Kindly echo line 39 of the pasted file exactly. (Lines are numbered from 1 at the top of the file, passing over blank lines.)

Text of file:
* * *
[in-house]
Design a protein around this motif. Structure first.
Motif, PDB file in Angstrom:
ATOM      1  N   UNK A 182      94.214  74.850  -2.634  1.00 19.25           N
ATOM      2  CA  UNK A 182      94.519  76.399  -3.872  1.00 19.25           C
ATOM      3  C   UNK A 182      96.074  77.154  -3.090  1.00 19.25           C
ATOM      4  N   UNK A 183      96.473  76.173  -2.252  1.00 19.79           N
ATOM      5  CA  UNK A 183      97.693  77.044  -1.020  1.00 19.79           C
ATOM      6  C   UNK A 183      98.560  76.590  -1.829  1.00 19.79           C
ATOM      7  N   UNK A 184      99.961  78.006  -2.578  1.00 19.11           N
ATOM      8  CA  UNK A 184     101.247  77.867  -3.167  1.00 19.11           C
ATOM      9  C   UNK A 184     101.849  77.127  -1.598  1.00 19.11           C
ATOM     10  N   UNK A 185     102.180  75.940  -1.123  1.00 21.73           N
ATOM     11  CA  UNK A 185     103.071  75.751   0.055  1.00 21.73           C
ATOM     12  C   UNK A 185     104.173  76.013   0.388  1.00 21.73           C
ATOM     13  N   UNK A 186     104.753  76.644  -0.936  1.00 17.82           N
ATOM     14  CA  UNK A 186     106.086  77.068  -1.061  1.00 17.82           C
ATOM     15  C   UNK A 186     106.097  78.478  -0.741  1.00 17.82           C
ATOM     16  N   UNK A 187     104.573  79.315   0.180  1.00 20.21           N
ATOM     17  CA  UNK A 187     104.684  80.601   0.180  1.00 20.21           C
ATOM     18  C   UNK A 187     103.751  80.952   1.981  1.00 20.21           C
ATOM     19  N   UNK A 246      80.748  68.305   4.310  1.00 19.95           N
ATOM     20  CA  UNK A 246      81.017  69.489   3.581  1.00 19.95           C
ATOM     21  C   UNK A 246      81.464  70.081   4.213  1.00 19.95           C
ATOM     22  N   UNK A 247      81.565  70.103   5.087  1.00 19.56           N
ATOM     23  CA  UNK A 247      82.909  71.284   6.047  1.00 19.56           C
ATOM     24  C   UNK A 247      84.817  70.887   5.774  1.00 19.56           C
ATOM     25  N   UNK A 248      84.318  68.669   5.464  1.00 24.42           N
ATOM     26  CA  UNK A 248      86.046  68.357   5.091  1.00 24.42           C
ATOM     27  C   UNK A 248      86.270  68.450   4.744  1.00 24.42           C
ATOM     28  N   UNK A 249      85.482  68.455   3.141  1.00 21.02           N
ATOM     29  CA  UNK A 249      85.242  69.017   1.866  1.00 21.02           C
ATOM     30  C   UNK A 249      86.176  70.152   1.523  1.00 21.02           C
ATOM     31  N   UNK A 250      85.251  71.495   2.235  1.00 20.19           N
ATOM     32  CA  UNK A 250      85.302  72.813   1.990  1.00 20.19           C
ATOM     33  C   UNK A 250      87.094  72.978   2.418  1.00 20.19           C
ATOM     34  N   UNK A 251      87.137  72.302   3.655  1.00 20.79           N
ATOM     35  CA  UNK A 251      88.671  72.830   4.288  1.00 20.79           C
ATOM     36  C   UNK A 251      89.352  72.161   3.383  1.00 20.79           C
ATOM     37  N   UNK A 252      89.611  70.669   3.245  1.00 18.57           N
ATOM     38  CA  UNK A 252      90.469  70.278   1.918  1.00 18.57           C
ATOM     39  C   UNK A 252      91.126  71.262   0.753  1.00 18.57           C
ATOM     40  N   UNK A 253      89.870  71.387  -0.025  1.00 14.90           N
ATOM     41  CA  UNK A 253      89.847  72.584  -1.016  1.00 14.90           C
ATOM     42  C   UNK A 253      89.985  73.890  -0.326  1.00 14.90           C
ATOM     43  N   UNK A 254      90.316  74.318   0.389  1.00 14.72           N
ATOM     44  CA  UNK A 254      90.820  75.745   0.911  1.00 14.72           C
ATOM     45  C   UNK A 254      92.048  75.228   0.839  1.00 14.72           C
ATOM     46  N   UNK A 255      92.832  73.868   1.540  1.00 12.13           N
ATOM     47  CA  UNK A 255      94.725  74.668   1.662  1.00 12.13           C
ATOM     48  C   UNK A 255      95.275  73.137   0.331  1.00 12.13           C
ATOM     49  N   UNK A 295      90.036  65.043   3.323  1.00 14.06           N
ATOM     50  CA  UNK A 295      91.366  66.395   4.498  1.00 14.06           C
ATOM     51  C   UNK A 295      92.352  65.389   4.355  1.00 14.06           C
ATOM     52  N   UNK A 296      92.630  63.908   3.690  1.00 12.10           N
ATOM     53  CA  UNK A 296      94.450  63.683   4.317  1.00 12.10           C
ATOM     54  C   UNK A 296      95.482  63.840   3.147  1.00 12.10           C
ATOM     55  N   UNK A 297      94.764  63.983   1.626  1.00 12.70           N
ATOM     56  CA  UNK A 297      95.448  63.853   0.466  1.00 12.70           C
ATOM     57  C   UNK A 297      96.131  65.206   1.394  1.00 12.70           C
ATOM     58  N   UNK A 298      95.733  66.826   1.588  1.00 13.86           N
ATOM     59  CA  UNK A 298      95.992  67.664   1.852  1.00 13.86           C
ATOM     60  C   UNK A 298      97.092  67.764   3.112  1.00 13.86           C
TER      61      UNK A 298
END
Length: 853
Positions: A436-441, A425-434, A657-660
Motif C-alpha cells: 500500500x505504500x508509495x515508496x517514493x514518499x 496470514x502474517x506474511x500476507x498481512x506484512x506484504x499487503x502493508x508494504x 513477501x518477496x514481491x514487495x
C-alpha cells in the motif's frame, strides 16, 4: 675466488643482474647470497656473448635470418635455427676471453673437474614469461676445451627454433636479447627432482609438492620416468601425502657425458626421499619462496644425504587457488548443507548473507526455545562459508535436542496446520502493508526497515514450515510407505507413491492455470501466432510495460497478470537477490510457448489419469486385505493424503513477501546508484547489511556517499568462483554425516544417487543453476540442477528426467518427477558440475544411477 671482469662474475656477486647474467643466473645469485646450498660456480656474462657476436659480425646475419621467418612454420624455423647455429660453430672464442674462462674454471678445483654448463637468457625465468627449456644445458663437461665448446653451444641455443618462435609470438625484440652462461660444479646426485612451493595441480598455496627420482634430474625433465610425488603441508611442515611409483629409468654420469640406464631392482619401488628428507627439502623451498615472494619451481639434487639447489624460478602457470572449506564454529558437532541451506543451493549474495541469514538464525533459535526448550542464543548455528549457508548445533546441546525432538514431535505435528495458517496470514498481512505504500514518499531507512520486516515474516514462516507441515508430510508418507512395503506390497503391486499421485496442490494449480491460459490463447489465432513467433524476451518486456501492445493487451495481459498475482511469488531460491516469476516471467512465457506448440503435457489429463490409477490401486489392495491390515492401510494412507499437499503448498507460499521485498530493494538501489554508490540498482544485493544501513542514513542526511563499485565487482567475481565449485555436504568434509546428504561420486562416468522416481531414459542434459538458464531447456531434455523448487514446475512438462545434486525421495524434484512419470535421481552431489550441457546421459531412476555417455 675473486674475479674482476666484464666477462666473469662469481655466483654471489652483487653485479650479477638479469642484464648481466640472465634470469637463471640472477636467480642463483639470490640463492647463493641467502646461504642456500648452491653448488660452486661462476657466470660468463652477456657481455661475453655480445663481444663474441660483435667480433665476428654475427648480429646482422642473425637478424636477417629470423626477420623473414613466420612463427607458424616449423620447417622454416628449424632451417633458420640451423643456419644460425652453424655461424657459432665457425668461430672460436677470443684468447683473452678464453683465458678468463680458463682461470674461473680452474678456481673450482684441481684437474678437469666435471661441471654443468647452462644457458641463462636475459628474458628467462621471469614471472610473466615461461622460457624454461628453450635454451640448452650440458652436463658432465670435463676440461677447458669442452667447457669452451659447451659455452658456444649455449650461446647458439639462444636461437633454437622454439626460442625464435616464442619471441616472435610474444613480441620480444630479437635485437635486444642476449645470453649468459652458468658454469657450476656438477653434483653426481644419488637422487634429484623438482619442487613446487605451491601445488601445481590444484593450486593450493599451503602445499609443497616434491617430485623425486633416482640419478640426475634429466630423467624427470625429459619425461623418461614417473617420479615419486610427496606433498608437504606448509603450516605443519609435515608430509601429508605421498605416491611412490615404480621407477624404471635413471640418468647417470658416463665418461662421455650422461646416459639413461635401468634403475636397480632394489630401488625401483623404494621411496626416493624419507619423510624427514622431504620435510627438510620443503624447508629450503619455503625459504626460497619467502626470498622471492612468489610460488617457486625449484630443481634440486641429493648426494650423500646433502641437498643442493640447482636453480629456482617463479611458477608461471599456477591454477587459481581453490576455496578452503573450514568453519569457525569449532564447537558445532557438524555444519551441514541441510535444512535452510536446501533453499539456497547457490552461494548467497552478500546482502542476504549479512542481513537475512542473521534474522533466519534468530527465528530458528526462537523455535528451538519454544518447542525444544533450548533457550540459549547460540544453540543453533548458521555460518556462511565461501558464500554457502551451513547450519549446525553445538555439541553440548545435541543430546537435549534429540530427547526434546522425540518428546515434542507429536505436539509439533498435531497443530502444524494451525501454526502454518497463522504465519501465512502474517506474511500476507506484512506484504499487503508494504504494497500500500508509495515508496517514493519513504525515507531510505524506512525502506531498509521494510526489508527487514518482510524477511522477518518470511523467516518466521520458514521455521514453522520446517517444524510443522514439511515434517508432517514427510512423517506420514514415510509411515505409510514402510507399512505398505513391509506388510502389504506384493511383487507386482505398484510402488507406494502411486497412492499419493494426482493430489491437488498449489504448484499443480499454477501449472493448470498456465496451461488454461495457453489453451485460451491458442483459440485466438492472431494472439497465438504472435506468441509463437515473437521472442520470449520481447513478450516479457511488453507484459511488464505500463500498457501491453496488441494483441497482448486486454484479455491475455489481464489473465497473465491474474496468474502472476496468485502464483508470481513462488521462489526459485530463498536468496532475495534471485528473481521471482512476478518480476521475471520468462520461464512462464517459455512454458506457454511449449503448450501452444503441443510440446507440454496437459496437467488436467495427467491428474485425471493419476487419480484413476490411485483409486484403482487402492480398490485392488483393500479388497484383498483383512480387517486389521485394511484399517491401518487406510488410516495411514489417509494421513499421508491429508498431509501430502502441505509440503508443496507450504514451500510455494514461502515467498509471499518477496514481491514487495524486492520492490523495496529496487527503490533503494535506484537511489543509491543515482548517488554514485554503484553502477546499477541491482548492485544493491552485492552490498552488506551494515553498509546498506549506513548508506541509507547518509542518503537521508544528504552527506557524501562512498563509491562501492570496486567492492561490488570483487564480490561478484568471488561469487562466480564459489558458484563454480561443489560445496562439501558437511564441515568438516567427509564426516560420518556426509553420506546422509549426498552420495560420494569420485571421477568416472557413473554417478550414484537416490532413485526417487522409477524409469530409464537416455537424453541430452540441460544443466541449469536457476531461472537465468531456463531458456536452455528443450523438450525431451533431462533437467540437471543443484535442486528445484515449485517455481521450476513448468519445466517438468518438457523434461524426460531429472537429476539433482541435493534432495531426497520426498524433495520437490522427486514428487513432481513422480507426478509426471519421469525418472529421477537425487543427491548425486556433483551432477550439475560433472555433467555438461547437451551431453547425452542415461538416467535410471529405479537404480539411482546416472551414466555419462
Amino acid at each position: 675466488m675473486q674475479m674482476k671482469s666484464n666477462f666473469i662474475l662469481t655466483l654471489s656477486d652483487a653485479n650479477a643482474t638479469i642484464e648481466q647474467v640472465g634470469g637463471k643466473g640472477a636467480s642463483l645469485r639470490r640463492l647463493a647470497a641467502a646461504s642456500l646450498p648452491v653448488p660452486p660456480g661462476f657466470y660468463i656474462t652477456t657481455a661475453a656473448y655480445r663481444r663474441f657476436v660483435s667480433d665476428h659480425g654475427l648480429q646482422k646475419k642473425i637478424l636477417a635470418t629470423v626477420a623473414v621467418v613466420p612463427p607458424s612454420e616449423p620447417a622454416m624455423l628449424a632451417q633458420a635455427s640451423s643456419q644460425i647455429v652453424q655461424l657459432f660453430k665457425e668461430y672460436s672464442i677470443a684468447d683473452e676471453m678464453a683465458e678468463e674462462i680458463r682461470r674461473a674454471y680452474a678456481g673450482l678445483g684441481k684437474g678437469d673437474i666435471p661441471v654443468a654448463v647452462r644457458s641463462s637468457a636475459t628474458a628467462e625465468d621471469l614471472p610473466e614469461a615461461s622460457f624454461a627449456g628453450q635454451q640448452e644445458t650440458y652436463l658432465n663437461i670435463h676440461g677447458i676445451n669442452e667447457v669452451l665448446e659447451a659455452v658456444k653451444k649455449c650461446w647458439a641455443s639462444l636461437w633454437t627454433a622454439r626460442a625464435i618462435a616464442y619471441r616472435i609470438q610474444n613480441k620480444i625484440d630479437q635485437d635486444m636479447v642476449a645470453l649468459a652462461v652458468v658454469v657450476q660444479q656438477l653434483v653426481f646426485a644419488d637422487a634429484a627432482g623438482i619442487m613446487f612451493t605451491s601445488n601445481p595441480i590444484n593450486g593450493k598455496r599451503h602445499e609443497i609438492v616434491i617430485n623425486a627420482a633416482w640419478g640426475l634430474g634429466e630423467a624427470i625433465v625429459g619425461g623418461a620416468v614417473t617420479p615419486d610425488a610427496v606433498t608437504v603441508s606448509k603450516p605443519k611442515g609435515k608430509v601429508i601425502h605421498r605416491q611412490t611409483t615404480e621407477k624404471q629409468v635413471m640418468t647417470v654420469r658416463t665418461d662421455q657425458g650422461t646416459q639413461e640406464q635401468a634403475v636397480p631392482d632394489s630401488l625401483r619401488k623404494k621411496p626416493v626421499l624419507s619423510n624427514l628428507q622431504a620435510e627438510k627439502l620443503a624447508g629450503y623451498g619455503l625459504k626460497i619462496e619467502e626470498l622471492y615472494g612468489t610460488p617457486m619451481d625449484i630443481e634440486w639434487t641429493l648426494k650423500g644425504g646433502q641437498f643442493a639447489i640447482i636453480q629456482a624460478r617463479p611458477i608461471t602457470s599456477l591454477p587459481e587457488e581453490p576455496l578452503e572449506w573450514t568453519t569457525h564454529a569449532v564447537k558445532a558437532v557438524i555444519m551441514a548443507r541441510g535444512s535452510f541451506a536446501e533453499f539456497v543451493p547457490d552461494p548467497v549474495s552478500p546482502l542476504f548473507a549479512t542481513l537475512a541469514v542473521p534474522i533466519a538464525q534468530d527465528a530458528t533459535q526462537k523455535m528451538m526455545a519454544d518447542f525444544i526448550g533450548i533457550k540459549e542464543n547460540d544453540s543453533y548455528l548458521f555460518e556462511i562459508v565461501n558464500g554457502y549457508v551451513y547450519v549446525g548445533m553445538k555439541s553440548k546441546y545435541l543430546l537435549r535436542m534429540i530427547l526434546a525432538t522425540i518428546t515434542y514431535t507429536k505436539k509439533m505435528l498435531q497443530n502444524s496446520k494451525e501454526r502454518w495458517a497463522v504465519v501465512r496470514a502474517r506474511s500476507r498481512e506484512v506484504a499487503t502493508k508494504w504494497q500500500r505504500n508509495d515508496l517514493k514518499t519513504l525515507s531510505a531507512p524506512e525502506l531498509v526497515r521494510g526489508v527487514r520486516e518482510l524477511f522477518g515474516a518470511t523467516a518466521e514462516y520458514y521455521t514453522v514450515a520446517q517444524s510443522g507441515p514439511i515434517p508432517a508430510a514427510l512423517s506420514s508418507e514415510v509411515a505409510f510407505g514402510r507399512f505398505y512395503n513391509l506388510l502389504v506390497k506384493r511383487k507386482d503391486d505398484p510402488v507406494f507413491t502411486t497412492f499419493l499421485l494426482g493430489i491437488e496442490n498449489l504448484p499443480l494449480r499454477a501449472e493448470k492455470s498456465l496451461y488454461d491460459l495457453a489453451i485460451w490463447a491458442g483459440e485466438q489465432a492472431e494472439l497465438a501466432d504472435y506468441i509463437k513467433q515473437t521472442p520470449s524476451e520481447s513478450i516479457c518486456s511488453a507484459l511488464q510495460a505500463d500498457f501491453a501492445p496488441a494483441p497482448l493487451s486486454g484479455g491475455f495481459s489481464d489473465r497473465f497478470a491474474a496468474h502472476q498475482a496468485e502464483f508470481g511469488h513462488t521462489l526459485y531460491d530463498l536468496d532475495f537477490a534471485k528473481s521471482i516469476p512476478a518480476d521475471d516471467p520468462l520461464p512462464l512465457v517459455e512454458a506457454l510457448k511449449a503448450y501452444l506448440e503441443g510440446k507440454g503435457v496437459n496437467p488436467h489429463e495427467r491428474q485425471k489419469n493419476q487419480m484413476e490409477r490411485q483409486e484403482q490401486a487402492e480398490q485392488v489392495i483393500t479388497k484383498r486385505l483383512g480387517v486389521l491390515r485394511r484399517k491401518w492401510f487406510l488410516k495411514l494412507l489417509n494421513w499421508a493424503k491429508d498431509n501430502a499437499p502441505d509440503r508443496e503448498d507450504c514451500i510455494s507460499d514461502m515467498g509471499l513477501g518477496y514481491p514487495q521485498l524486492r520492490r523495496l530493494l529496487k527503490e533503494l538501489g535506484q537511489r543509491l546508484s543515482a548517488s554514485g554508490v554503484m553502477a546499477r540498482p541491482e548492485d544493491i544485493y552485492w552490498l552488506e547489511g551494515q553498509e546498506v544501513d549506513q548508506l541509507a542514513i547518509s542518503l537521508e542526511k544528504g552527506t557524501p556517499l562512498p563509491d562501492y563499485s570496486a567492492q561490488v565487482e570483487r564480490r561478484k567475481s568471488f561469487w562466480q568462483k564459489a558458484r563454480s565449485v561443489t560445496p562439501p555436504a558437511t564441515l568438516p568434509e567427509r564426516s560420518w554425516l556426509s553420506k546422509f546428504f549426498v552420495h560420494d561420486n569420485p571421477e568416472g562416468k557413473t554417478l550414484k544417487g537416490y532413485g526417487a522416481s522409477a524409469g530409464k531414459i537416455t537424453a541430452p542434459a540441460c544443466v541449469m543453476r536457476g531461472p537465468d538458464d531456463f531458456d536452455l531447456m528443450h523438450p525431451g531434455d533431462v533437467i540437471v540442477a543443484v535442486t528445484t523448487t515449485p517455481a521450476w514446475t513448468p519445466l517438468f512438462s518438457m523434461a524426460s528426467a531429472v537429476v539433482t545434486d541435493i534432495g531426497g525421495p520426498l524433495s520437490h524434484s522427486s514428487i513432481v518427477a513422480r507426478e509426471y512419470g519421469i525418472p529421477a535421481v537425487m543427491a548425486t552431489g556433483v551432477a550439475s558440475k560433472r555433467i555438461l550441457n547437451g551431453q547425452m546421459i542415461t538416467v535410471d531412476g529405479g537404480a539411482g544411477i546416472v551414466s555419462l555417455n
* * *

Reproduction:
ATOM     36  C   UNK A 251      89.352  72.161   3.383  1.00 20.79           C